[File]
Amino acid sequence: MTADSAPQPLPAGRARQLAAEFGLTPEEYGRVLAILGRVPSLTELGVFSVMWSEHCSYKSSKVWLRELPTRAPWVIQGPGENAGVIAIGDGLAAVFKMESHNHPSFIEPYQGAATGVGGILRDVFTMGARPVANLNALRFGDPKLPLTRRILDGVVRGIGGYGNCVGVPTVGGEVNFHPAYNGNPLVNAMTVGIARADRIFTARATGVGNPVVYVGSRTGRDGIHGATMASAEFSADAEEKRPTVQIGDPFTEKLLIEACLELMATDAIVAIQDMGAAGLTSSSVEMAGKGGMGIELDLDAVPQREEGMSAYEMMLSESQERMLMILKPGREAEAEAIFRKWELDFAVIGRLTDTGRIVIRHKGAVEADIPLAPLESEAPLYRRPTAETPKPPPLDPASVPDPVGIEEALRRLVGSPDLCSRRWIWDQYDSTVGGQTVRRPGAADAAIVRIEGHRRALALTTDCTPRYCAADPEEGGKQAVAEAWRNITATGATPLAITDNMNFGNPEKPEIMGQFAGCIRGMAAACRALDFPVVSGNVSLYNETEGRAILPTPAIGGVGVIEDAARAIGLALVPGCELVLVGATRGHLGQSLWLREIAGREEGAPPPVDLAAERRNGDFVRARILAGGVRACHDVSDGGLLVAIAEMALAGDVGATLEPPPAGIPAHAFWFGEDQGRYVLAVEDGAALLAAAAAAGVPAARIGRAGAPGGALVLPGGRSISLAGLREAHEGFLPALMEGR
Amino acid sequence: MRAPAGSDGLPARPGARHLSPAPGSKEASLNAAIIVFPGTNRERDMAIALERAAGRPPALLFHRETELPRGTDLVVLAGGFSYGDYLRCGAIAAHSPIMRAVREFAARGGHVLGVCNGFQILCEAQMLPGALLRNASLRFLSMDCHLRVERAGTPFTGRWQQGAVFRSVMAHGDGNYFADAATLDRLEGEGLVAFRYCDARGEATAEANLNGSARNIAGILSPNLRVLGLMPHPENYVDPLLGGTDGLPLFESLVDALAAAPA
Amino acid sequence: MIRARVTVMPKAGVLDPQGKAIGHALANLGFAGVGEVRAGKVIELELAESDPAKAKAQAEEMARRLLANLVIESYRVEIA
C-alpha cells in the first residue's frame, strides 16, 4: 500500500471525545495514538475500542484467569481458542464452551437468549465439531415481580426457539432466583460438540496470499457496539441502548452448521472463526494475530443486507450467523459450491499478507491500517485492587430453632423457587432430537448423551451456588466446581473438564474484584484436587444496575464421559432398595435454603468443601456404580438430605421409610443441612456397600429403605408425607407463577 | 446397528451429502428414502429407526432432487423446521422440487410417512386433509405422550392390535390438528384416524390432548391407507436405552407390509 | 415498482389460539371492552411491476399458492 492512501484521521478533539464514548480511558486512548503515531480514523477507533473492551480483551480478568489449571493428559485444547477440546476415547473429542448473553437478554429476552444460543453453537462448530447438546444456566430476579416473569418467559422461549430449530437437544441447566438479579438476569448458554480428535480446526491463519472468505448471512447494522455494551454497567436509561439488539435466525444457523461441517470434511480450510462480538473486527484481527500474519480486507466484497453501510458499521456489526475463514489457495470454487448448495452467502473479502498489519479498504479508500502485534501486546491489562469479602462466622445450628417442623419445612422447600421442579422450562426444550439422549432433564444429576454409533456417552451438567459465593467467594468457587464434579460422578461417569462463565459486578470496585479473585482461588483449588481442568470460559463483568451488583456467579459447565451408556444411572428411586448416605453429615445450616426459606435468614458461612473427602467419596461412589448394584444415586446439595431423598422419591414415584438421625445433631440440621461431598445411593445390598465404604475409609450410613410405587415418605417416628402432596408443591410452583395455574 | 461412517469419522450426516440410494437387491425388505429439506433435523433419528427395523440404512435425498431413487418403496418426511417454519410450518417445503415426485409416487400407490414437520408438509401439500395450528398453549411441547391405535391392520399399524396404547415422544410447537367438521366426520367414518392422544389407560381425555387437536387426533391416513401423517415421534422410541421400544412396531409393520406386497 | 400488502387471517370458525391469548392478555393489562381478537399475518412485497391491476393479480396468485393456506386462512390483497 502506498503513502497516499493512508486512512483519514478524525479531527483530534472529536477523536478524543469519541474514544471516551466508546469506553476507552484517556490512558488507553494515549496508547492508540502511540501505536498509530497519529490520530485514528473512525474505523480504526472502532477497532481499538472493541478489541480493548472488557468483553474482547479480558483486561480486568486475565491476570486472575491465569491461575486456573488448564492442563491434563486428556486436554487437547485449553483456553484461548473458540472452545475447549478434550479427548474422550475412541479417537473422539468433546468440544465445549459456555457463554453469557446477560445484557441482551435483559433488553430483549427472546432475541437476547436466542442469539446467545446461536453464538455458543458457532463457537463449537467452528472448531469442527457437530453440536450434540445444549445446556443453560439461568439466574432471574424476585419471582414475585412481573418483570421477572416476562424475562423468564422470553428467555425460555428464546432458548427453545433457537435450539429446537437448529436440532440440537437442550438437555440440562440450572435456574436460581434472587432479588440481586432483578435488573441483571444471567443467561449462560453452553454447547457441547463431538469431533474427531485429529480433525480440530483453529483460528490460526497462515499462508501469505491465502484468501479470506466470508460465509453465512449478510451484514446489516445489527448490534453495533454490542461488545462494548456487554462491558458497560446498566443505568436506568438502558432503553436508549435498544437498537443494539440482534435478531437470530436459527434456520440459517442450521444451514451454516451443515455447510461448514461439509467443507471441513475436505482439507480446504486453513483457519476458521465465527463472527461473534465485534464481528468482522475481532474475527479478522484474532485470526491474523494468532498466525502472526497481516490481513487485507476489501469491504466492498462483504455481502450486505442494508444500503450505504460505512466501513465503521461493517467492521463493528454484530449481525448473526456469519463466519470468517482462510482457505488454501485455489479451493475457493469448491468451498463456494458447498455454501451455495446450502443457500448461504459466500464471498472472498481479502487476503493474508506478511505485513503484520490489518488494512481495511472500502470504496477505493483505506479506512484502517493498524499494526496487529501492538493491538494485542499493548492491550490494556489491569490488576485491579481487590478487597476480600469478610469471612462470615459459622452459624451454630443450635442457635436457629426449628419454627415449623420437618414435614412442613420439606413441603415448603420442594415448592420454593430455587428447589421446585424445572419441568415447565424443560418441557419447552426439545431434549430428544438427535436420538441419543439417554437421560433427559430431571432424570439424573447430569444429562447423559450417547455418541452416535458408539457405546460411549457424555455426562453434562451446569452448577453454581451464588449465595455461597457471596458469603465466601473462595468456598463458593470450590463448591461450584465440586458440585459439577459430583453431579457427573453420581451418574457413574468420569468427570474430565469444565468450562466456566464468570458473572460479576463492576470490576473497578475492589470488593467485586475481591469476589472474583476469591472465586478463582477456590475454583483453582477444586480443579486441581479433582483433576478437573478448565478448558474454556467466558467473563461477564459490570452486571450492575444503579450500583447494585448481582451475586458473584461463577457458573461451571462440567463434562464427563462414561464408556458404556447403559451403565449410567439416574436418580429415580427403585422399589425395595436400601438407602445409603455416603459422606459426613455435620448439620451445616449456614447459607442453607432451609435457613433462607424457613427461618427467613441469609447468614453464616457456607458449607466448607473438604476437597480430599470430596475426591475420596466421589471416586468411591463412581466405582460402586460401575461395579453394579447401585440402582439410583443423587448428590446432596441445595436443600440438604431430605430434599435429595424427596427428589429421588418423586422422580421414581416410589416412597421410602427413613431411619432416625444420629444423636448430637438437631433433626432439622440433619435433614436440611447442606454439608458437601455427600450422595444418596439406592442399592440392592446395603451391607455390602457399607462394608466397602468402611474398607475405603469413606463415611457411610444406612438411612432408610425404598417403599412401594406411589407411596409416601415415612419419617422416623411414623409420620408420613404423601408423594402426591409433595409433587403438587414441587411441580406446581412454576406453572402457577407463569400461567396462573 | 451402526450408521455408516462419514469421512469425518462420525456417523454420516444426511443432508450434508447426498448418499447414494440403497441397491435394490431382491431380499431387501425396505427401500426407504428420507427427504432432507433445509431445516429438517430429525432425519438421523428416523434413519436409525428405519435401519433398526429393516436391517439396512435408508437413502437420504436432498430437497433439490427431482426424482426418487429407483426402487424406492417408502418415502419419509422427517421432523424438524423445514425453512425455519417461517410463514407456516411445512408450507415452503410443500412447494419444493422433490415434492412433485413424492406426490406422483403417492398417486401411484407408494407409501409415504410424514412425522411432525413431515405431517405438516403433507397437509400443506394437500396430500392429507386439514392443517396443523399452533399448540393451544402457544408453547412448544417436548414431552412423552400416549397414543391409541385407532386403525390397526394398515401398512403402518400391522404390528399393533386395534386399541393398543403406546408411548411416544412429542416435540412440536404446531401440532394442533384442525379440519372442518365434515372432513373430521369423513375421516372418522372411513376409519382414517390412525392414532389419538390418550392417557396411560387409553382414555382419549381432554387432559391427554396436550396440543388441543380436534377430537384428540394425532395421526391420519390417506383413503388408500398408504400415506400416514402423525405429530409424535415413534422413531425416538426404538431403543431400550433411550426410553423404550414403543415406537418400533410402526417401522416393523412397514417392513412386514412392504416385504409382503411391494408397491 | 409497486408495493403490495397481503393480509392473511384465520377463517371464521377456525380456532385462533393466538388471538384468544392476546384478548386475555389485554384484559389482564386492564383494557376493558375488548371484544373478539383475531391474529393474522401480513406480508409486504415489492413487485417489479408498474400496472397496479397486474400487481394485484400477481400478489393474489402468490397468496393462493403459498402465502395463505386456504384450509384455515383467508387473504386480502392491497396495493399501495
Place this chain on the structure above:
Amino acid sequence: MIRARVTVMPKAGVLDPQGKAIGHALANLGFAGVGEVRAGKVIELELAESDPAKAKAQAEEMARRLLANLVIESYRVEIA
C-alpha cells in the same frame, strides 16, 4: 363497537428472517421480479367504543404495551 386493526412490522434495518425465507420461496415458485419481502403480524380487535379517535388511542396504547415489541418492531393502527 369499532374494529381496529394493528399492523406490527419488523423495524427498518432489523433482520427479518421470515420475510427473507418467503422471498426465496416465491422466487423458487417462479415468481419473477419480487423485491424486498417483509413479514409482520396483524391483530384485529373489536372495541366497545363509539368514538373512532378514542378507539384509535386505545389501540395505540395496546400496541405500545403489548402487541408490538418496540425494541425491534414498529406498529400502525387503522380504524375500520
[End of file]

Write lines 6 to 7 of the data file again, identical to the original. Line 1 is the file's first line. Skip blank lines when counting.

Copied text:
Amino acid sequence: MIRARVTVMPKAGVLDPQGKAIGHALANLGFAGVGEVRAGKVIELELAESDPAKAKAQAEEMARRLLANLVIESYRVEIA
C-alpha cells in the same frame, strides 16, 4: 363497537428472517421480479367504543404495551 386493526412490522434495518425465507420461496415458485419481502403480524380487535379517535388511542396504547415489541418492531393502527 369499532374494529381496529394493528399492523406490527419488523423495524427498518432489523433482520427479518421470515420475510427473507418467503422471498426465496416465491422466487423458487417462479415468481419473477419480487423485491424486498417483509413479514409482520396483524391483530384485529373489536372495541366497545363509539368514538373512532378514542378507539384509535386505545389501540395505540395496546400496541405500545403489548402487541408490538418496540425494541425491534414498529406498529400502525387503522380504524375500520